The Commodity Futures Trading Commission (CFTC) recently released its annual enforcement results. From its 82 enforcement actions filed in fiscal year 2022, $2.5B in restitution, disgorgement and civil monetary penalties were imposed.
“In the face of unprecedented financial market conditions directly impacting American consumers, emerging technological disruption, and growing retail investor participation, the CFTC continues its unwavering commitment to a robust enforcement program ensuring the markets we oversee are open, transparent, fair and competitive,” said CFTC Chairman Rostin Behnam.
The CFTC imposed a total of $796 million in civil monetary penalties on the swap dealer and futures commission merchant (FCM) affiliates of 12 financial institutions for recordkeeping and supervision violations. It was found that the swap dealer and/or FCM failed to stop employees, including those at senior levels, from communicating both internally and externally using unapproved communication methods for several years. These methods included messages sent via personal text, WhatsApp or Signal.
The size of the penalties indicates that recordkeeping enforcement is a priority for the agency. In fact, CFTC Commissioner Christy Goldsmith Romero stated: “The CFTC is sending a zero-tolerance message that [it] will not allow Wall Street to undermine [its] law enforcement by obfuscating or deleting communications surrounding trading.”
Also, the commission stated that it brought 18 actions involving conduct related to digital assets, which represented more than 20% of all actions filed.
The 82 CFTC enforcement actions included:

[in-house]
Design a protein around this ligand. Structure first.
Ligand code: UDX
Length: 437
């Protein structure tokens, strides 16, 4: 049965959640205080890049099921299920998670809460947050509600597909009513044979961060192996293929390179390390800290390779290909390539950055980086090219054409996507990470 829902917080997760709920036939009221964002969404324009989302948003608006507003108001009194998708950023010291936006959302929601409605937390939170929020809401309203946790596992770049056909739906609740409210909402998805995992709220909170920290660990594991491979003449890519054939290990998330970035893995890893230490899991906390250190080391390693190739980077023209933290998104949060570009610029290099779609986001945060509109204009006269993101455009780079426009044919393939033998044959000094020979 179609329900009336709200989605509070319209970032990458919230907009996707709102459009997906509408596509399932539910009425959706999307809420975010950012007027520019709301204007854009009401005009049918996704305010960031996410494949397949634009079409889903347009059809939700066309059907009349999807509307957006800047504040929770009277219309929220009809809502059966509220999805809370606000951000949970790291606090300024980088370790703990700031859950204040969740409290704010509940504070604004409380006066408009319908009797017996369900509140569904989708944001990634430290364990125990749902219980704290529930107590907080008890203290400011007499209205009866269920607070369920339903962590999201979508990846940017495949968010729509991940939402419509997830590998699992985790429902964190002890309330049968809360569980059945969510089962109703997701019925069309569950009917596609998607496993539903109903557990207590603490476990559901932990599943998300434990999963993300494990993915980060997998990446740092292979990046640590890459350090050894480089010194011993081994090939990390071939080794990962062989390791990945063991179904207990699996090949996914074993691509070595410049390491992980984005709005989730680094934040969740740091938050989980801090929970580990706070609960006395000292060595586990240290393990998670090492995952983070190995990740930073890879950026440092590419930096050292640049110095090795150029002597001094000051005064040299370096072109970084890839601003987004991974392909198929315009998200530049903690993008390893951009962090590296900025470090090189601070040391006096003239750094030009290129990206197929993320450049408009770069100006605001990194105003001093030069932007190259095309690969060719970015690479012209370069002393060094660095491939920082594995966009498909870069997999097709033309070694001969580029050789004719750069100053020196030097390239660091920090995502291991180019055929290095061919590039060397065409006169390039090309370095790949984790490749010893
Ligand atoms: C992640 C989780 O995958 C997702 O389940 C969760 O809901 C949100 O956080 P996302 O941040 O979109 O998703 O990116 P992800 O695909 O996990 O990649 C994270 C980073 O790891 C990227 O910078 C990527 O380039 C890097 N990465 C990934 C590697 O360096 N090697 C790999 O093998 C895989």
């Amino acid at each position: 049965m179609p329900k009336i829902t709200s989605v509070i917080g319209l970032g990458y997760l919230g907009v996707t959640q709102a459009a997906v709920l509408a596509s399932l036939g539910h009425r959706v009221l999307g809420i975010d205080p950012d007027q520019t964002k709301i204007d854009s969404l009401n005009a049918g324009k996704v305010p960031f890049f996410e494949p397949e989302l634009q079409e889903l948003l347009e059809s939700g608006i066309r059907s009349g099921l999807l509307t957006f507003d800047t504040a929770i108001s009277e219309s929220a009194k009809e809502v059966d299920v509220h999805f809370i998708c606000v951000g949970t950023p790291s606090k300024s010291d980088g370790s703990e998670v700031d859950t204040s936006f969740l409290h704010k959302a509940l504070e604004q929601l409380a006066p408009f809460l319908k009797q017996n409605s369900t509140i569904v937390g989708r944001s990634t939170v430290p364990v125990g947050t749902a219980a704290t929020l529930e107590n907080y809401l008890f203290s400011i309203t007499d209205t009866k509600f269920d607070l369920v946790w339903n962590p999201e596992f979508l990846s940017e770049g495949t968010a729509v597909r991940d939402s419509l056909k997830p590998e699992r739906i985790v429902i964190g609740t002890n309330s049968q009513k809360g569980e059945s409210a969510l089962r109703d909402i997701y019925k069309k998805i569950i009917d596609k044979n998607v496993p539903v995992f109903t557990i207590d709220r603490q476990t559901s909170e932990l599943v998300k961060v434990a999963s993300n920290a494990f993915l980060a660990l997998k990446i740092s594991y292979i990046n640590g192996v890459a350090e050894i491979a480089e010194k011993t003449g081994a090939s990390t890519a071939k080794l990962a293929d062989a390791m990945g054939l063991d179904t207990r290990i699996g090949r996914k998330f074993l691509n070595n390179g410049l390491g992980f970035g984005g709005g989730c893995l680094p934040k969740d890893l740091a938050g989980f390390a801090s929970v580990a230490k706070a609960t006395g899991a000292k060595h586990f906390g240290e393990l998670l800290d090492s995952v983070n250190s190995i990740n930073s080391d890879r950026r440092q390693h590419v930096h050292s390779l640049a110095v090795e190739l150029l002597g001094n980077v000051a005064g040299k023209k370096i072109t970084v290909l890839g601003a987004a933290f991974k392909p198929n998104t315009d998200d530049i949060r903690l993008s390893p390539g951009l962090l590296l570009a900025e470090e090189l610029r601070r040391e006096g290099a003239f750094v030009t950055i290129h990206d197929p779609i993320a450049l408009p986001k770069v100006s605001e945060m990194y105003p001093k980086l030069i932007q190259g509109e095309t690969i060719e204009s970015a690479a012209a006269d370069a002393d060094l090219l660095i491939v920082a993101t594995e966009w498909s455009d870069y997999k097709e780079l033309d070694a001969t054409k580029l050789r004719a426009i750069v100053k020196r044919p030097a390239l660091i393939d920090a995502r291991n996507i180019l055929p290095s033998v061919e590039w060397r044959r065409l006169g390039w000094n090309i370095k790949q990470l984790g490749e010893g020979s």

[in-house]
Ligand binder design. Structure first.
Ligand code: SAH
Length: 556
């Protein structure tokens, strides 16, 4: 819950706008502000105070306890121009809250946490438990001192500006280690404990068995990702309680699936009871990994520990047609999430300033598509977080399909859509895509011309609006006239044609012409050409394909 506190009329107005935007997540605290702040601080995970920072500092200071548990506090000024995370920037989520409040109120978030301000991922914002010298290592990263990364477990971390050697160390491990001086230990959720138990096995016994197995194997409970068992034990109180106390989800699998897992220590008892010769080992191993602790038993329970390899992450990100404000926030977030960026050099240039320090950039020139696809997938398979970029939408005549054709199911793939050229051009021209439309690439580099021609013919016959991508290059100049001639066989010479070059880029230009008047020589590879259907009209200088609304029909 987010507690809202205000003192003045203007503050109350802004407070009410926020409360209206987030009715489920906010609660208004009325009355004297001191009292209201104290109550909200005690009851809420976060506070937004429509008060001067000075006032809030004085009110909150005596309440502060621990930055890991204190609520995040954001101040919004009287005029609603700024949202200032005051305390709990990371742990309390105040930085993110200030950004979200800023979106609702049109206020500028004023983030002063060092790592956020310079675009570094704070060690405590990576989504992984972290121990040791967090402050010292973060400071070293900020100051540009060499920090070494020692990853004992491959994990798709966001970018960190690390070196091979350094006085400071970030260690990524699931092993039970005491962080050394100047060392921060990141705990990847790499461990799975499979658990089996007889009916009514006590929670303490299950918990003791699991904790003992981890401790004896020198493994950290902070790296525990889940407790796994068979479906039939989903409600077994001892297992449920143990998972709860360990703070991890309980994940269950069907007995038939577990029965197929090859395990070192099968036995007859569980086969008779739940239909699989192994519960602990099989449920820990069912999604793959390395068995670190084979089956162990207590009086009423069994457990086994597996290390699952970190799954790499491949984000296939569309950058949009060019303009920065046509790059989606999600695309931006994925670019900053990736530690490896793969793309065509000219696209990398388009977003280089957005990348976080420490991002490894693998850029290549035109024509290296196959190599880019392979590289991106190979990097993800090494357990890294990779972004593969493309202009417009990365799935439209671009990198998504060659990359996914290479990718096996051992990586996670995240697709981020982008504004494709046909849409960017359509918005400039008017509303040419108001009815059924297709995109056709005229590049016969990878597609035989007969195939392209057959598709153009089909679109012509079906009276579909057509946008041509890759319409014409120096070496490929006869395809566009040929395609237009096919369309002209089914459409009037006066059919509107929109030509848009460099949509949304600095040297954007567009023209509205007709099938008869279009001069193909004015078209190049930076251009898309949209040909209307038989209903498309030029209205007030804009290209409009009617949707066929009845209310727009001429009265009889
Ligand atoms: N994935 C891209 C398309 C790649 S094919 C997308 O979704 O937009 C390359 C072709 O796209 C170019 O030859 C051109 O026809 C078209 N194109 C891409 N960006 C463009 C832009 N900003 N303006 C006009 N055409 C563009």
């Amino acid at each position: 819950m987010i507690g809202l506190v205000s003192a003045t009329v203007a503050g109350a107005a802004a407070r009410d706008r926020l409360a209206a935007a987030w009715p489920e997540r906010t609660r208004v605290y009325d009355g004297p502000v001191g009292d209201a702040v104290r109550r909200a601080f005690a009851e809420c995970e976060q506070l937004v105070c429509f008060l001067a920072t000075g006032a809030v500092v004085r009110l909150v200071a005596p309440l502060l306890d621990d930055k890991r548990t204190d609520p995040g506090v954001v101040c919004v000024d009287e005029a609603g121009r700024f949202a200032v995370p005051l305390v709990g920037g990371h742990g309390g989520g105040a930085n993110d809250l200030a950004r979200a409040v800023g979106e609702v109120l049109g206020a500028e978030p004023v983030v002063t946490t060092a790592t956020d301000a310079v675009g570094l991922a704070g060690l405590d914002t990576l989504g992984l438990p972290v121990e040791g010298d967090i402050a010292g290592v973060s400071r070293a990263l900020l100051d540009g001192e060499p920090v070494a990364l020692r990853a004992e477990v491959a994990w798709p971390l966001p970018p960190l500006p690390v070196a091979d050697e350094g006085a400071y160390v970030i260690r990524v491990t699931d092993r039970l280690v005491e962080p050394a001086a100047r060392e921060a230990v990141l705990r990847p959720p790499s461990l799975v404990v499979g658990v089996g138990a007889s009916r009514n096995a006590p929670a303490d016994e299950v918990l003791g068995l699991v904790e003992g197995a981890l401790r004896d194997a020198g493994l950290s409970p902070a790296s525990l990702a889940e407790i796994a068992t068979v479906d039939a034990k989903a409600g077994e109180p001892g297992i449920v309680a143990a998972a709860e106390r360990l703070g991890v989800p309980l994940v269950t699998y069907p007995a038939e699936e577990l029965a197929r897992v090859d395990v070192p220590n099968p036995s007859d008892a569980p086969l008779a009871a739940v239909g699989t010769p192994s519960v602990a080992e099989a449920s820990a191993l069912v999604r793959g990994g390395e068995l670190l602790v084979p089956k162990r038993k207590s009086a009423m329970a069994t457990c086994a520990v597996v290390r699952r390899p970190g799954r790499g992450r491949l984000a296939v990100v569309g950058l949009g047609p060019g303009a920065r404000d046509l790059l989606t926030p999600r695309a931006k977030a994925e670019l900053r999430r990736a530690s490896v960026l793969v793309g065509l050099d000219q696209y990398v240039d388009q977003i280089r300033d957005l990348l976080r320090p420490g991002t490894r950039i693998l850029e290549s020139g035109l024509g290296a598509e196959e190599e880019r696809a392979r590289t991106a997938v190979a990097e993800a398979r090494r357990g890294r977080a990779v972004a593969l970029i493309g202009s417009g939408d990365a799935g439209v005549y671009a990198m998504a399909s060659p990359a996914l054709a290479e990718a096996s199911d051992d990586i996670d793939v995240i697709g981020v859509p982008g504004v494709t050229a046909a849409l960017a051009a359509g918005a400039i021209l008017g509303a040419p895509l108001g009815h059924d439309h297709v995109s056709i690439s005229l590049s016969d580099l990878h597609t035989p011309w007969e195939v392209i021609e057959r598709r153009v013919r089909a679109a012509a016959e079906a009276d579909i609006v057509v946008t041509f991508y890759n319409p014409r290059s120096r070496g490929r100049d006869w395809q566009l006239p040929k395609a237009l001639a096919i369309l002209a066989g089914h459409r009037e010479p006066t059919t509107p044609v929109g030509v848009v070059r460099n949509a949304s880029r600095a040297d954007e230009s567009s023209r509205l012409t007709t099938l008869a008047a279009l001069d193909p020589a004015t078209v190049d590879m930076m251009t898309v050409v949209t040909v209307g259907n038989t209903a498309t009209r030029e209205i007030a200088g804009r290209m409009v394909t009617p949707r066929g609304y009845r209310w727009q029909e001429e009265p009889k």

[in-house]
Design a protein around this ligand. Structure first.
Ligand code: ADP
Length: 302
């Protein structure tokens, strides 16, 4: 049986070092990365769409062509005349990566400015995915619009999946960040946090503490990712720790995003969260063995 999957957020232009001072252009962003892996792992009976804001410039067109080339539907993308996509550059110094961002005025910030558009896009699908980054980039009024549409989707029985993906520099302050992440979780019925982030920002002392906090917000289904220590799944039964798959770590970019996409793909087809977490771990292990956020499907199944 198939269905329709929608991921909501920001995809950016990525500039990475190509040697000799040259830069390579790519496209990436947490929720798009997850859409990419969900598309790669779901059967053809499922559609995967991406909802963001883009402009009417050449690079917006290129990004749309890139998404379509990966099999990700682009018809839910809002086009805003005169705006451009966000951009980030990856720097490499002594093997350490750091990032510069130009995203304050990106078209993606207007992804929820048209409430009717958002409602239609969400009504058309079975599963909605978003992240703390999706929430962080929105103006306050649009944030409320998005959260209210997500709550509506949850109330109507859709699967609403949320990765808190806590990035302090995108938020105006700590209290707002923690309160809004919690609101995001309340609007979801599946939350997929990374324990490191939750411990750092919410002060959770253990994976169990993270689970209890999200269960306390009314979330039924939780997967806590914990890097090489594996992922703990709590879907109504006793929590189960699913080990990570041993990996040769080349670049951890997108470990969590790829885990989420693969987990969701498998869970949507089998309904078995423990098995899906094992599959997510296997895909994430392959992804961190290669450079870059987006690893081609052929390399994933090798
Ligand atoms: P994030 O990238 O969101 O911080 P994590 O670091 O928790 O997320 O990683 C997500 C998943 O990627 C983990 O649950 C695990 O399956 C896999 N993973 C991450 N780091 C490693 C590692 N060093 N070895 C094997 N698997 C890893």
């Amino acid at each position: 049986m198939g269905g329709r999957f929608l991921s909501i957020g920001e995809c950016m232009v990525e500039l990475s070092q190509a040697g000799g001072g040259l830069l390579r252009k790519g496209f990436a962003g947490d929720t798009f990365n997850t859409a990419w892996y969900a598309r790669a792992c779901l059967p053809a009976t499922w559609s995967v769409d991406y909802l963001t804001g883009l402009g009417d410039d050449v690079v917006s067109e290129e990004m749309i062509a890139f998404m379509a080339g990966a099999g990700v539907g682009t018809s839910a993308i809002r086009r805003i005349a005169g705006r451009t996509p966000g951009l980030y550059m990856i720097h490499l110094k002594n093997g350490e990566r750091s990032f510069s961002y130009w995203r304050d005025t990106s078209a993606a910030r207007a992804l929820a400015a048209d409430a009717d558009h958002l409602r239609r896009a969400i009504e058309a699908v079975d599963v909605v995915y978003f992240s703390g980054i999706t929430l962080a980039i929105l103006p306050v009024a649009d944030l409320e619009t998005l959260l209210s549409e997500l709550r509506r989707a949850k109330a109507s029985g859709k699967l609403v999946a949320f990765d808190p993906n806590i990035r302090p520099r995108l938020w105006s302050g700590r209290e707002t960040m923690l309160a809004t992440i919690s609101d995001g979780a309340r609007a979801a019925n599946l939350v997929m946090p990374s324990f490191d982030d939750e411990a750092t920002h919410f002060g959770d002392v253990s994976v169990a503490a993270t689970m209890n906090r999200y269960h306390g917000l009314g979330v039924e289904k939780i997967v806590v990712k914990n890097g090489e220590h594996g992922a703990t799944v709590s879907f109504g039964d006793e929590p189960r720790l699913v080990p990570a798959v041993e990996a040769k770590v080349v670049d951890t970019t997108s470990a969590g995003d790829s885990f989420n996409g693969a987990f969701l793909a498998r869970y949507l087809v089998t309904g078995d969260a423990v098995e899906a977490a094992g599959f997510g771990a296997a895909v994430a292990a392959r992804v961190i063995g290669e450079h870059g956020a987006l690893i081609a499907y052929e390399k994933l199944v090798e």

- Manipulative and deceptive conduct and spoofing
- Violations by registered entities
- Misappropriation of material non-public information
- Swaps reporting and swap dealer business conduct
Fraud, registration, reporting, wash trading and position limit violations also saw enforcement actions.
The CFTC also continued to utilize its specialized Division of Enforcement (DOE) task force in complex and developing program areas to ensure consistency, identify best practices and develop new approaches and ideas based on lessons learned.
The DOE focuses on seven substantive areas:
- Spoofing and manipulative trading
- Digital assets
- Insider trading and protection of confidential information
- Bank secrecy
- Romance scams
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Author: Marianna Shafir Esq. | Regulatory Advisor at Smarsh
About the author:
Marianna Shafir, Regulatory Advisor at Smarsh, is responsible for regulatory affairs worldwide. With her expertise in financial services industry, compliance and e-discovery, Marianna counsels Smarsh clients on meeting regulatory obligations, leveraging technology and guidance on best practices related to electronic communications supervision. Prior to joining Smarsh, Marianna worked for BNY Mellon and Invesco where she was an instrumental member on compliance teams.Marianna has also served as an adjunct professor at New York Career Institute where she taught Law Office Management and Real Estate Law. She earned her Juris Doctorate from Nova Southeastern University. She is a frequent speaker at industry conferences and a contributor to various online publications.
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